Read the given passage and answer the questions that follow.
Anna Pavlovna’s drawing room was gradually filling. The highest Petersburg society was assembled there: people differing widely in age and character but alike in the social circle to which they belonged.
Prince Vasili’s daughter, the beautiful Helene, wore a ball dress and her badge as maid of honor. The youthful little Princess Bolkénskaya, known as the most fascinating woman in Petersburg was also there. Vasili’s son, Hippolyte, Mortemart and many others had also come.
To each new arrival Anna Pavlovna said, “You have not yet seen my aunt,” or “You do not know my aunt?” and very gravely conducted him or her to a little old lady, wearing large bows of ribbon in her cap, who had come sailing in from another room as soon as the guests began to arrive; and slowly turning her eyes from the visitor to her aunt, Anna Pavlovna mentioned each one’s name and then left them.
Each visitor performed the ceremony of greeting this old aunt whom not one of them knew, not one of them wanted to know, and not one of them cared about; Anna Pavlovna observed these greetings with mournful and solemn interest and silent approval. The aunt spoke to each of them in the same words, about their health and her own.
And each visitor, though politeness prevented his showing impatience, left the old woman with a sense of relief at having performed a vexatious duty and did not return to her the whole evening.
Read the given passage carefully and answer the questions that follow.
If you pay close attention to soap advertisements, you may hear of its pH value being claimed perfect for human skin. But is there really such a thing? Let’s start at the beginning. pH (potential Hydrogen) is defined as the concentration of hydrogen ions in a solution. pH value ranges between 0 and 14. 7 is the neutral point, 0 being the most acidic and 14 being the most alkaline. More importantly, your skin isn’t exactly pH 5.5; it falls in a range between 4.0 and 7.0, depending on diverse factors like the body part, age, genetics, ethnicity, and environment conditions.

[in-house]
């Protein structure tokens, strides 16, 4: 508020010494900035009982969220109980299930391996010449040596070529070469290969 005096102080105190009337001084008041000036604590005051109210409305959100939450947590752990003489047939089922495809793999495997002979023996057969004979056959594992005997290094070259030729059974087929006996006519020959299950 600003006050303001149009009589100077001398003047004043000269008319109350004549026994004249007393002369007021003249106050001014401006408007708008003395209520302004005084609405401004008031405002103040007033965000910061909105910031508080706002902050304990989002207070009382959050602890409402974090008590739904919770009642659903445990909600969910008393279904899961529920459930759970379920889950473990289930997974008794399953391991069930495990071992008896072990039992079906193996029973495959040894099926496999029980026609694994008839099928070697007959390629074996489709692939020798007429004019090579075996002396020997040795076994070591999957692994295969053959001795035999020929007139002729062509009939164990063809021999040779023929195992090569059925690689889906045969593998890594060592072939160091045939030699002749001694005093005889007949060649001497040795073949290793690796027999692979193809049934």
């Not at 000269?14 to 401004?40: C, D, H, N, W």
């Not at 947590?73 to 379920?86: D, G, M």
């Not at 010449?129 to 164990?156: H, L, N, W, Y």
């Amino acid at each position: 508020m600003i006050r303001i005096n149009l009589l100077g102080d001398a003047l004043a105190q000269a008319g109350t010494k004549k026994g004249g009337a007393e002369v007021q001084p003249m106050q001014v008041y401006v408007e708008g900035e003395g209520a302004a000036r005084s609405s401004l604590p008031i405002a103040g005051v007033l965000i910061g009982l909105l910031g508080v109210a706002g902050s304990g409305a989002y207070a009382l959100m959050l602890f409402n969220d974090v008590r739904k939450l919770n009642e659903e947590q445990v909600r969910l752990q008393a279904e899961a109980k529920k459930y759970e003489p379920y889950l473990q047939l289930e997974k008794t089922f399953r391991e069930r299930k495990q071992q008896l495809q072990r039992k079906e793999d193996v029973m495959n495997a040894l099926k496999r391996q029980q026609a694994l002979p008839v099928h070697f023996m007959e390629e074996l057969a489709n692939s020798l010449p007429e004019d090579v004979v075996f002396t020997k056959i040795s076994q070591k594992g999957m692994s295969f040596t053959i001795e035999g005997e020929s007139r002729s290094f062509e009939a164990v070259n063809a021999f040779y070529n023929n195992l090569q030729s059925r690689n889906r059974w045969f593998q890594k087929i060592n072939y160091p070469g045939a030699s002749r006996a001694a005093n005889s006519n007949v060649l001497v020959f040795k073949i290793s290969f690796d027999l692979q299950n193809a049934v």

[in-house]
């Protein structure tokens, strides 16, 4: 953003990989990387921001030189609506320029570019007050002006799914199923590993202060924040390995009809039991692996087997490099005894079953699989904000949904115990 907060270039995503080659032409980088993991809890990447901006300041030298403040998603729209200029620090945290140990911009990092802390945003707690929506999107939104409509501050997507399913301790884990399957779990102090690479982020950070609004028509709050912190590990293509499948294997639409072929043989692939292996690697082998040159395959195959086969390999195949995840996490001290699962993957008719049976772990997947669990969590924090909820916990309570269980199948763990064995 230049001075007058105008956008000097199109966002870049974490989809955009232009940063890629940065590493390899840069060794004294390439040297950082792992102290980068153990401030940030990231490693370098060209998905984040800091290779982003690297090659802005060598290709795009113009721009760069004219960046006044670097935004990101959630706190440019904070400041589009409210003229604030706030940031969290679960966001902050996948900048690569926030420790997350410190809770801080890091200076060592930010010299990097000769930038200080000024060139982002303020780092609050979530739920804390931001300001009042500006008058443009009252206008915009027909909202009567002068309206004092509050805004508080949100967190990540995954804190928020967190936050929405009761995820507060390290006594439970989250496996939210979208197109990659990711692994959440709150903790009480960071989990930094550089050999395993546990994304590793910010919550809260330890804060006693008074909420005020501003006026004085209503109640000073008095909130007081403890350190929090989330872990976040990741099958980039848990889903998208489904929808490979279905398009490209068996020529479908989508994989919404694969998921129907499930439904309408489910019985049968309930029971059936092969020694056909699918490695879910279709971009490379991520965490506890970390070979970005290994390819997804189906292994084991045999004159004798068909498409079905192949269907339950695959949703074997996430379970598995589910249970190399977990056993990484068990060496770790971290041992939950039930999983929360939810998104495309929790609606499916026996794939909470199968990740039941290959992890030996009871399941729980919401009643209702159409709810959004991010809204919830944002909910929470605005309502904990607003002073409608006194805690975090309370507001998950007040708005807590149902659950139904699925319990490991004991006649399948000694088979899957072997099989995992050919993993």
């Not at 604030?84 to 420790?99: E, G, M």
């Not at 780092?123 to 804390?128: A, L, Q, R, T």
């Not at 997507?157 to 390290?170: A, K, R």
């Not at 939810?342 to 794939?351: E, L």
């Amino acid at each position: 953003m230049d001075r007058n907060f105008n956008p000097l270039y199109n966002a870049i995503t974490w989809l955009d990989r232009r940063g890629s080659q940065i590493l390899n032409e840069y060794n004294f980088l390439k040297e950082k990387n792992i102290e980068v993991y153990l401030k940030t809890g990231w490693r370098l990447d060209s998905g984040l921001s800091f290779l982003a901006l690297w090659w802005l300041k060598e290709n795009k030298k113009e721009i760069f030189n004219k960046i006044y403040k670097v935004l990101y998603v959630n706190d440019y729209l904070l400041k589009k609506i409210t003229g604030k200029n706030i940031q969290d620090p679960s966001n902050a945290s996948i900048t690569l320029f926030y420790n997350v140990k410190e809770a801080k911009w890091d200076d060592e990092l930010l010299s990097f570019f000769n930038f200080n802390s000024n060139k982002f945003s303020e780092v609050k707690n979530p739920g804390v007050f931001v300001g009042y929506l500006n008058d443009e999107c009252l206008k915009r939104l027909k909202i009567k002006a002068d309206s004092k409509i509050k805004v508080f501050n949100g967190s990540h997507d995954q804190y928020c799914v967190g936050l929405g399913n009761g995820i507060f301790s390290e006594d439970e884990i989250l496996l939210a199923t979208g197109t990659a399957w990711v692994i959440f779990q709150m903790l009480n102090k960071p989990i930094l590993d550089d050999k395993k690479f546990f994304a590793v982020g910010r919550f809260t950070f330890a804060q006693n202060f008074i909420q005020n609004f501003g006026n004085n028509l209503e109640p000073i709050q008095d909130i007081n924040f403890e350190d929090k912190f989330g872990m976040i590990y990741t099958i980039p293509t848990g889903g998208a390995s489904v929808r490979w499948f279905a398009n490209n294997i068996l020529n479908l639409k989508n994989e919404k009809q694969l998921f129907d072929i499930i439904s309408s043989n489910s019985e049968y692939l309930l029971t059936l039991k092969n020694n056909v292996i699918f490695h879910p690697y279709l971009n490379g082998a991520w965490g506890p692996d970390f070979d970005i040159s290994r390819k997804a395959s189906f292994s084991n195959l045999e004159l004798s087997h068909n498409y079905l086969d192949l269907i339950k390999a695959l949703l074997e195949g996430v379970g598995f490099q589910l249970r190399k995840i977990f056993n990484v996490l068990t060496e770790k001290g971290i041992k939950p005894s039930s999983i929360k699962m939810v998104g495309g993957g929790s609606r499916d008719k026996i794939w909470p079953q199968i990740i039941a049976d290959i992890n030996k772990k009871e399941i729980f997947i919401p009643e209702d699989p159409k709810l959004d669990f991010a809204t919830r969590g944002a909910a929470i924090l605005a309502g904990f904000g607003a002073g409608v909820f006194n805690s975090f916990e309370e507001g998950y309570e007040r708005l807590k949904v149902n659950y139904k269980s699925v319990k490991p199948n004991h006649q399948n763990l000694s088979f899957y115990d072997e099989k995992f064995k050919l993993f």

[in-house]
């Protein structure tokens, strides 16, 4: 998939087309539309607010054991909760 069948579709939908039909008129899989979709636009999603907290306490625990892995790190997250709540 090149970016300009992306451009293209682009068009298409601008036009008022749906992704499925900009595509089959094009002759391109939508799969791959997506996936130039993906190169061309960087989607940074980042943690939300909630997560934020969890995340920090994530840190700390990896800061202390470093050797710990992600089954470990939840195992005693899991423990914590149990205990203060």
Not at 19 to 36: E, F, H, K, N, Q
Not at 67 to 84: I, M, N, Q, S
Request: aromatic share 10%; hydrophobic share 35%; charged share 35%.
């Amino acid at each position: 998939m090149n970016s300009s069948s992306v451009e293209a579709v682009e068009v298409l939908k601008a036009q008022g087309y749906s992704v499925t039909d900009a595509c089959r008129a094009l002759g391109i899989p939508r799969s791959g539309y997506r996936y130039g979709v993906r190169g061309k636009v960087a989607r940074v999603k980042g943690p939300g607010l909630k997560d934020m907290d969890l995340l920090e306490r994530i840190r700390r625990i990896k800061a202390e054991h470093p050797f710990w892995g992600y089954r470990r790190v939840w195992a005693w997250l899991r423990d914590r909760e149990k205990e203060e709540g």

So, are products formulated at pH 5.5 perfect for skin? The short answer: not really! First, parameters like texture and other ingredients indicate a cleanser’s quality, much better than pH alone. Second, though the skin pH rises slightly immediately after cleaning even with plain water, it reverts to its mild acidic pH in an hour. Healthy skin quickly rebalances the ‘acid mantle’ — a protective layer over the skin — and is unaffected in the long term by the cleanser’s pH. Skin modulates pH, making skin products function optimally. So, why market pH 5.5 products as “perfect”? Well, for certain skin types (e.g., oily skin) and certain skin conditions (like acne), an increase in pH can aggravate these skin situations. This might lead to an interpretation that a skin care product needs to be at a 5.5 pH for optimum cleansing. Hence, skincare experts have expressed reservations about pH being the sole criterion of product safety and ‘acid mantle’ preservation when factors including plain water may contribute to the same. Thus, an ideal product is almost impossible to define. So, look well beyond pH alone.